Wow. I really let things slide didn't I?
I honestly did you all a favor. I've been feeling a bit deflated. A bit uninspired on the writing front of late.
It's not that the food in my life has been uninspiring, or inspired for that matter, lately. It's been wonderful. I've spent the greater part of most days dreaming up various concoctions to try my newfound skills on. No, there's no lack of inspiration when food is on my mind. But it's Sunday, I'm on a one day hiatus. My mind is on other things today.
It's the writing that has me stuck. I'm on the precipice of my return home. Close enough that I can taste it, but just far enough that I can't quite touch it. It's all I can think about.
Maybe if you've read my old posts you gathered I'm a bit of a homebody, and if you drew that conclusion you'd be right on the money. I think I've spent most of my life running from that label, but it's mine and it's high timed I owned it.
I spent my formative years trying to get away from home. I spent summers in high school on a coast far from the southwest. I moved away for my first year of college. I spent a summer abroad. I made a brief move to Chapel Hill. Oh, and that's the short list. As I did these things I spent the greater part of those times missing home, forgetting to live in the moment. I know me. I know me well, but I keep insisting on adventure. Sheesh. Not that I regret a second of it, but sometimes I regret it a wee bit at the time. A wee bit.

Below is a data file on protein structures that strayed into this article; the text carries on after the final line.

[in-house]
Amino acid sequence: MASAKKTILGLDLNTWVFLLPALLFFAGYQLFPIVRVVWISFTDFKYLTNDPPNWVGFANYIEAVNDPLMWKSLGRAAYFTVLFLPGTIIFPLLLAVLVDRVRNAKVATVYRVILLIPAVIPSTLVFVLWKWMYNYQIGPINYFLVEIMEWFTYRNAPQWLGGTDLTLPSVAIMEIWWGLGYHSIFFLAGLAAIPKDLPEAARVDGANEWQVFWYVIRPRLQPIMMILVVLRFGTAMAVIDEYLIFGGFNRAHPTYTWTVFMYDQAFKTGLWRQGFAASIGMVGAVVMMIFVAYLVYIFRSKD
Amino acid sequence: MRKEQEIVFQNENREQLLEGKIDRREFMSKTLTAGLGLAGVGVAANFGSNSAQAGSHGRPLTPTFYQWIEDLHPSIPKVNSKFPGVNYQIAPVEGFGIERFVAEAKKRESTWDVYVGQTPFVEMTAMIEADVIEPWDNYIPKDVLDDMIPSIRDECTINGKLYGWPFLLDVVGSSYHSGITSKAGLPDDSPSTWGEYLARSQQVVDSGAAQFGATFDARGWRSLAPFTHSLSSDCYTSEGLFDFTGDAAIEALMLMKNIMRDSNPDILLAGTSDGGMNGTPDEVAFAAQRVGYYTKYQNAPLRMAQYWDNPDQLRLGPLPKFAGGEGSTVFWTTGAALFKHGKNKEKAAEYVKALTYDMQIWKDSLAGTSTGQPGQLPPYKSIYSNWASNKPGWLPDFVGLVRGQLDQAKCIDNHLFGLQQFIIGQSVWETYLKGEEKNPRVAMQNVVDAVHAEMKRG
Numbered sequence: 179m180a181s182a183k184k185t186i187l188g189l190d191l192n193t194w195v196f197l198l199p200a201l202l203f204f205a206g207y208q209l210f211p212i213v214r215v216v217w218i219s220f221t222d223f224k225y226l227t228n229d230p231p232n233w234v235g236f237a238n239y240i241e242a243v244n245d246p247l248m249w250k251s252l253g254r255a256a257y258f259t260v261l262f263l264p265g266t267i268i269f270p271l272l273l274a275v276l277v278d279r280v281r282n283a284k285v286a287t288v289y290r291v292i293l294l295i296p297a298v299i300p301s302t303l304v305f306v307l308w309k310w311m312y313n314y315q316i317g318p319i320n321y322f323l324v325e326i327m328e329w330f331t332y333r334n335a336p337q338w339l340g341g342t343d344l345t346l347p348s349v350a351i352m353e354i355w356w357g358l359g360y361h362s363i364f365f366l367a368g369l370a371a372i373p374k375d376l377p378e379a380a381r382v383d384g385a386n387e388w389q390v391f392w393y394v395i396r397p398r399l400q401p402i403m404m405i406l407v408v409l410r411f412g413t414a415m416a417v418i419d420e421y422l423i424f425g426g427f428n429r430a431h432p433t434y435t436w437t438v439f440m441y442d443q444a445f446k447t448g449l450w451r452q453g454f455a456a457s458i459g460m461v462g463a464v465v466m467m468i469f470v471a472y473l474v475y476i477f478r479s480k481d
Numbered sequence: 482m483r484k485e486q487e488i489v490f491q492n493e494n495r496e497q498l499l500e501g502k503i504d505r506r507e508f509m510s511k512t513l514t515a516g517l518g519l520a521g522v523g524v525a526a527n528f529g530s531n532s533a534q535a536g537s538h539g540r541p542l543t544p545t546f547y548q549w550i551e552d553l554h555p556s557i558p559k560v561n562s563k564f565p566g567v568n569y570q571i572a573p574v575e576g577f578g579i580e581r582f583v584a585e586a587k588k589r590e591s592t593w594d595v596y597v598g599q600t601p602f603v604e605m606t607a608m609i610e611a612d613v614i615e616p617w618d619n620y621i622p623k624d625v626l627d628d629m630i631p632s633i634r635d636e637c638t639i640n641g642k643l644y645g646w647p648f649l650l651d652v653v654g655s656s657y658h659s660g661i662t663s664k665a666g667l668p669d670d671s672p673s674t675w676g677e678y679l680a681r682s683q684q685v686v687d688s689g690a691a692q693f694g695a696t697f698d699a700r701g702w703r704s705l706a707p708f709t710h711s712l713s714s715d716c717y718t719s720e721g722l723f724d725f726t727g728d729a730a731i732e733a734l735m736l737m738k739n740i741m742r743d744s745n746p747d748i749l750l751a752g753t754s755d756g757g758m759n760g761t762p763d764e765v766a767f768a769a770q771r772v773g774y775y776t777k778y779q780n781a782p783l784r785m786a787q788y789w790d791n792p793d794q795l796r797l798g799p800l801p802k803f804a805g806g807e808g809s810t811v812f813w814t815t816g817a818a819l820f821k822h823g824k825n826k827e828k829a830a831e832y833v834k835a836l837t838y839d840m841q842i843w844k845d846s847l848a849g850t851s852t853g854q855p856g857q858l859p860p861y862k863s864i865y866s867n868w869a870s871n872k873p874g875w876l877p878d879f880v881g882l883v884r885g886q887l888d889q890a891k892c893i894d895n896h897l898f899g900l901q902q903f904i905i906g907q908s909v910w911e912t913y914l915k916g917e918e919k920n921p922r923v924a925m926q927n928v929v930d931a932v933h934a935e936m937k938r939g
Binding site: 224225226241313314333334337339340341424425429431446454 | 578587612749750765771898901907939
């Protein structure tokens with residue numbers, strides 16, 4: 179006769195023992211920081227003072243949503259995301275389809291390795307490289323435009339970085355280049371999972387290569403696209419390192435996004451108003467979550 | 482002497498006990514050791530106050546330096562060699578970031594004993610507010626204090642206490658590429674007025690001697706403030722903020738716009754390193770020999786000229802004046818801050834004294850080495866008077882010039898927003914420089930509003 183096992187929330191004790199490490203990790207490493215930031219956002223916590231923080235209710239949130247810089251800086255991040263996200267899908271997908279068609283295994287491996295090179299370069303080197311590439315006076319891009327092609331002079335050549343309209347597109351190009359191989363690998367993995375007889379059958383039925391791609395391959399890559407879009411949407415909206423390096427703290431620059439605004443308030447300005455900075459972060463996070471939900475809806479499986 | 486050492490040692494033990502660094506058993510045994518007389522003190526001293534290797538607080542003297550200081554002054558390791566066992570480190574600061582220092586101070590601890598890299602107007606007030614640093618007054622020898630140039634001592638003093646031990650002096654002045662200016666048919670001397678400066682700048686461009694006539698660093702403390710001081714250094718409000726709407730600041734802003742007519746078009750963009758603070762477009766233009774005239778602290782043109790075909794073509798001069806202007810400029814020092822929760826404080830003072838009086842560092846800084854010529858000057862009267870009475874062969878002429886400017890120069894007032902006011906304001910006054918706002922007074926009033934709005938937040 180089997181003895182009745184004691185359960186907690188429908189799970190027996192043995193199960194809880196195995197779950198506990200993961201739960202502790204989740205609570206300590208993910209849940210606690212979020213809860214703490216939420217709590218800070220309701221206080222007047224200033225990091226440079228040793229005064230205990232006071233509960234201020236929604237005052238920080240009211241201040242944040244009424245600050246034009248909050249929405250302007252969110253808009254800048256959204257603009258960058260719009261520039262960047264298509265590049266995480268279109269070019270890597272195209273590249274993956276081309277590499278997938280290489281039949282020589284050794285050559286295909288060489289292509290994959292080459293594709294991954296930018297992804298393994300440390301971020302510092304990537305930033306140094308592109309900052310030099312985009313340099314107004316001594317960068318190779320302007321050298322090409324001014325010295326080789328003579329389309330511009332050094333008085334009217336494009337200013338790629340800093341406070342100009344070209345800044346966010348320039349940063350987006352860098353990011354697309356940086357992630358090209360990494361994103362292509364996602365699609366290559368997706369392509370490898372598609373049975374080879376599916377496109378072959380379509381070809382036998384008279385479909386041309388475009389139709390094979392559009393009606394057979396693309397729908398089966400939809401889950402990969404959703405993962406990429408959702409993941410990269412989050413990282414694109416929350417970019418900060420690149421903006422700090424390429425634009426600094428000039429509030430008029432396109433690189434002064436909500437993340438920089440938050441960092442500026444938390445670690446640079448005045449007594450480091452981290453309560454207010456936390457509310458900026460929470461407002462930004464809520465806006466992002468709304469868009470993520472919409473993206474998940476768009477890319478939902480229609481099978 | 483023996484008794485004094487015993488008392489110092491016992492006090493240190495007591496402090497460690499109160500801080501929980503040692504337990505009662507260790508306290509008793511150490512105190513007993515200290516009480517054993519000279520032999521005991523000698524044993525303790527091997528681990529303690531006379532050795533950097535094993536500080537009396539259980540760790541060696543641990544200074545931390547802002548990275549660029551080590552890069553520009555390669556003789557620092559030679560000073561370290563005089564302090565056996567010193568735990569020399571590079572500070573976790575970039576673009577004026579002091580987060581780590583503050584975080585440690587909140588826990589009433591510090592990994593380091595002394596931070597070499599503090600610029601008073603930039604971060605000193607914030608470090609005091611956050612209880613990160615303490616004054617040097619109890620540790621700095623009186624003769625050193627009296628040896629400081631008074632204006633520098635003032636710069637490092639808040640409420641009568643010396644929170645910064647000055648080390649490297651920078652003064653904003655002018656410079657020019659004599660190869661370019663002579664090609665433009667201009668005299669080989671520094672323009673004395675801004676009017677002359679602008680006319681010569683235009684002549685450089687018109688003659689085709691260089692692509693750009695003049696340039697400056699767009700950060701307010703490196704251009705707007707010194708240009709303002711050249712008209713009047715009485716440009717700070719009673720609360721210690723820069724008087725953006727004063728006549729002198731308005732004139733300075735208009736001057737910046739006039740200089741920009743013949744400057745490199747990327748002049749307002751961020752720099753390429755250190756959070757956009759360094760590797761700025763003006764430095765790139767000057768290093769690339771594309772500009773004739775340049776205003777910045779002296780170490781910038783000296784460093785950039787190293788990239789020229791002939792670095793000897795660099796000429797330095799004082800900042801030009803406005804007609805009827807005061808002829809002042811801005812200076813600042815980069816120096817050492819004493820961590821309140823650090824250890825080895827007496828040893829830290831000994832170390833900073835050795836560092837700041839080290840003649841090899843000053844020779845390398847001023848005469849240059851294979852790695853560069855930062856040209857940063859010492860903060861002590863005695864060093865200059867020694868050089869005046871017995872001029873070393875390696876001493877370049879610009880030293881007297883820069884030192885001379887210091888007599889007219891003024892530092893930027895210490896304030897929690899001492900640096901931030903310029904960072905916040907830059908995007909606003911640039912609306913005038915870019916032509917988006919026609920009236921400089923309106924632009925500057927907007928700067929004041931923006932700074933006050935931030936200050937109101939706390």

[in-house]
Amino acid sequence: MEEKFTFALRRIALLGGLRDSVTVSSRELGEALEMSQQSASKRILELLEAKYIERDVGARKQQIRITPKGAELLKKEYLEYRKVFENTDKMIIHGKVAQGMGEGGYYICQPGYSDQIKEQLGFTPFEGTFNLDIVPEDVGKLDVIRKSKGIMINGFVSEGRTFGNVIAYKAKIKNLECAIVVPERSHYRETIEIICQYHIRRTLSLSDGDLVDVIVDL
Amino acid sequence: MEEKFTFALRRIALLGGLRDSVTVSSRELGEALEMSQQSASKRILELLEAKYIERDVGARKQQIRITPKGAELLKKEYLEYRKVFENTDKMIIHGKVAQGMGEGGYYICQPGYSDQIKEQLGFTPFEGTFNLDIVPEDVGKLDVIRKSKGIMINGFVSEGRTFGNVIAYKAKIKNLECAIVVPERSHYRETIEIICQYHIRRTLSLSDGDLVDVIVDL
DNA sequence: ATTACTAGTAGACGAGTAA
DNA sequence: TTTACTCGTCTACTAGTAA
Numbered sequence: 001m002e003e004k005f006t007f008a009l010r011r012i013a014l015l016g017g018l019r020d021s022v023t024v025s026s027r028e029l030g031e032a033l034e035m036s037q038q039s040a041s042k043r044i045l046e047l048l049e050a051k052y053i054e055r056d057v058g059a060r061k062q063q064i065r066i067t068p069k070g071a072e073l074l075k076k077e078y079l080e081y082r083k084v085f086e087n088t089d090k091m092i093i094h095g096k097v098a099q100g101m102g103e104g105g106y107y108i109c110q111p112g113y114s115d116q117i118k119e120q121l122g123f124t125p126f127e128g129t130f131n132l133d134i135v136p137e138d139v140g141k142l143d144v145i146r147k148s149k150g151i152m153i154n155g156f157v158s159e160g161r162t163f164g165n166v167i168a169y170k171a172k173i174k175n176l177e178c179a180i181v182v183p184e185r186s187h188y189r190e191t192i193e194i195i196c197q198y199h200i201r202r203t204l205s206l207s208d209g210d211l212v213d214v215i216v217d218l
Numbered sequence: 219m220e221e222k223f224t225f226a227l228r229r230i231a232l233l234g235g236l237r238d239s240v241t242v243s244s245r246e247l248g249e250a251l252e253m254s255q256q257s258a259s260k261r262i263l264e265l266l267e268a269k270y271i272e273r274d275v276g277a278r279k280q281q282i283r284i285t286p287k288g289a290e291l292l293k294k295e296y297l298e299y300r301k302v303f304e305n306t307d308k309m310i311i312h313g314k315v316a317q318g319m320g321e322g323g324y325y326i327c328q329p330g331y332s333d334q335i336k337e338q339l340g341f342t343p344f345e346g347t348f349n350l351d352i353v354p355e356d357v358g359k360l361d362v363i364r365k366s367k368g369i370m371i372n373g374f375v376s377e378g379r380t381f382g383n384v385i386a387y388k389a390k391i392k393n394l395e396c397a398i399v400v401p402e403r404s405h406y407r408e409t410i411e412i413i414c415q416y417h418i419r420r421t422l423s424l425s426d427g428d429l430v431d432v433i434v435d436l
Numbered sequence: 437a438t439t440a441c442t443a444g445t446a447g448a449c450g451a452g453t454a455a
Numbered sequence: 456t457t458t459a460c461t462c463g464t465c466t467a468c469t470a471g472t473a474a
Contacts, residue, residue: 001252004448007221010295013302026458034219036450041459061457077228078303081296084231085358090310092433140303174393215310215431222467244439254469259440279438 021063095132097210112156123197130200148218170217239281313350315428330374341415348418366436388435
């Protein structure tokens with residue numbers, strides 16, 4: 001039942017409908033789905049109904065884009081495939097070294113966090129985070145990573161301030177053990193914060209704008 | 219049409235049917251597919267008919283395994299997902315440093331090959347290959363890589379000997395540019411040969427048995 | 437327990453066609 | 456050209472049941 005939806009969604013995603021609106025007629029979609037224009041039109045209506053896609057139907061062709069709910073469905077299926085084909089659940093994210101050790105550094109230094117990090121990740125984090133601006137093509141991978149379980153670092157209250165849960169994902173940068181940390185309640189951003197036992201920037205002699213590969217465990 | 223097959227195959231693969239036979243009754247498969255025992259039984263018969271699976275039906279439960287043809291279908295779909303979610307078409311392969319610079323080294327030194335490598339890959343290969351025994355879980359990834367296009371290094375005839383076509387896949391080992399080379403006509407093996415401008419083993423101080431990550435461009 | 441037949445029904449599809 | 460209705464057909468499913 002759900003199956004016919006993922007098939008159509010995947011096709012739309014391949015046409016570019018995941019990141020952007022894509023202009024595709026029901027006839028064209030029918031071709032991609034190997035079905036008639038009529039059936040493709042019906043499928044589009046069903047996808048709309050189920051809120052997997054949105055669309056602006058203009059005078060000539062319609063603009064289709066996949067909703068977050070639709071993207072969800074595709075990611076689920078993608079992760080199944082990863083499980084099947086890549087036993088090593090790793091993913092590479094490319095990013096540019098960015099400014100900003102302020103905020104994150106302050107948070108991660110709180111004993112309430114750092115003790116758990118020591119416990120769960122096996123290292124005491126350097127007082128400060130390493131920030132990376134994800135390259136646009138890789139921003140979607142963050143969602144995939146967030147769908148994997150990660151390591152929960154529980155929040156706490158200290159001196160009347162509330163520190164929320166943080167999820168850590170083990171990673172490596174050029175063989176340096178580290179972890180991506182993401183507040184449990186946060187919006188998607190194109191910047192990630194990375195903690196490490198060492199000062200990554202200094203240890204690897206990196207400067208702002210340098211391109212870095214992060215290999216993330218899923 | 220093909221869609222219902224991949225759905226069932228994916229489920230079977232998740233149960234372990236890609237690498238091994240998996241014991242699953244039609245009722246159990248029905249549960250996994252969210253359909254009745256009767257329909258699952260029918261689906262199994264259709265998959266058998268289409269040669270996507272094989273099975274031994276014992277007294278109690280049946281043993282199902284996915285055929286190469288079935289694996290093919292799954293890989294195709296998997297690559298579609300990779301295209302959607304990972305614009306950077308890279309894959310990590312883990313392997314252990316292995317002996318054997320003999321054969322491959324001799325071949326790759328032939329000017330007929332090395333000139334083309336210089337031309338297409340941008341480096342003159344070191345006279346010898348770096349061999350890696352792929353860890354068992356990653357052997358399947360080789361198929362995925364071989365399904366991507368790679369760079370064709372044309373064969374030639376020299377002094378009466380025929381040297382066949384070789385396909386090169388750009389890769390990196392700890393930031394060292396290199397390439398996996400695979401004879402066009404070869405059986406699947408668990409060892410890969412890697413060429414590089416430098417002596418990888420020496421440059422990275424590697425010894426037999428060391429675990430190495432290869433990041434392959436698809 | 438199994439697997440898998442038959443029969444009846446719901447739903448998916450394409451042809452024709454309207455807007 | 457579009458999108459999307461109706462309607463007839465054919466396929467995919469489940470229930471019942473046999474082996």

I want to first allay your fears, I have been living deeply and religiously in the moment on this particular trip (you were scared, weren't you?). I've balanced homesickness with a hearty dose of go-getter-ness. I've honestly been too busy to think. I allow myself a few fleeting moments a week for wistfulness and then I'm off keeping myself immersed in baking and watching episodes of Love Boat. But you know what? I'm tired. I'm feeling sort of over it all. I just miss home. I see no reason to push through it anymore. Home is three weeks away, three weeks that I am really hoping will fly by. No amount of episodes of the Love Boat seem to speed things along though.